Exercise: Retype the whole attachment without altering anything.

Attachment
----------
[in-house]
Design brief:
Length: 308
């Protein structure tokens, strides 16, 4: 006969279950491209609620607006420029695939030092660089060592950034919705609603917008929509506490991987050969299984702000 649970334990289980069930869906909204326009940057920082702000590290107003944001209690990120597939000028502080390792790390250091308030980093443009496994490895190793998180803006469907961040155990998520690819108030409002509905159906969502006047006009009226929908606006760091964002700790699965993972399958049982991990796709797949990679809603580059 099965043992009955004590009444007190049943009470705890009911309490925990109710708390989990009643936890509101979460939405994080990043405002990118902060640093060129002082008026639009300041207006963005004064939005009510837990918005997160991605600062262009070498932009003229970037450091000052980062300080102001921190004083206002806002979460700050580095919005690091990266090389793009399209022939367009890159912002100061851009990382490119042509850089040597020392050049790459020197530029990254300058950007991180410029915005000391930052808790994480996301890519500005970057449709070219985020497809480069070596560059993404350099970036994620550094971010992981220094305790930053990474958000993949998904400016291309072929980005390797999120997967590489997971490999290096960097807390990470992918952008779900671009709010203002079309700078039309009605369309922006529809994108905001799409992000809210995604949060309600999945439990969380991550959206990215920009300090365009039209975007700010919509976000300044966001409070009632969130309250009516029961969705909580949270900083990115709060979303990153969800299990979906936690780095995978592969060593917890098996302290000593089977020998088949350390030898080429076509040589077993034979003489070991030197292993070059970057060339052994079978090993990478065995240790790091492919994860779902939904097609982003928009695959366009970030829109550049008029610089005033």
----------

[in-house]
Design brief:
Length: 308
């Protein structure tokens, strides 16, 4: 006969279950491209609620607006420029695939030092660089060592950034919705609603917008929509506490991987050969299984702000 649970334990289980069930869906909204326009940057920082702000590290107003944001209690990120597939000028502080390792790390250091308030980093443009496994490895190793998180803006469907961040155990998520690819108030409002509905159906969502006047006009009226929908606006760091964002700790699965993972399958049982991990796709797949990679809603580059 099965043992009955004590009444007190049943009470705890009911309490925990109710708390989990009643936890509101979460939405994080990043405002990118902060640093060129002082008026639009300041207006963005004064939005009510837990918005997160991605600062262009070498932009003229970037450091000052980062300080102001921190004083206002806002979460700050580095919005690091990266090389793009399209022939367009890159912002100061851009990382490119042509850089040597020392050049790459020197530029990254300058950007991180410029915005000391930052808790994480996301890519500005970057449709070219985020497809480069070596560059993404350099970036994620550094971010992981220094305790930053990474958000993949998904400016291309072929980005390797999120997967590489997971490999290096960097807390990470992918952008779900671009709010203002079309700078039309009605369309922006529809994108905001799409992000809210995604949060309600999945439990969380991550959206990215920009300090365009039209975007700010919509976000300044966001409070009632969130309250009516029961969705909580949270900083990115709060979303990153969800299990979906936690780095995978592969060593917890098996302290000593089977020998088949350390030898080429076509040589077993034979003489070991030197292993070059970057060339052994079978090993990478065995240790790091492919994860779902939904097609982003928009695959366009970030829109550049008029610089005033």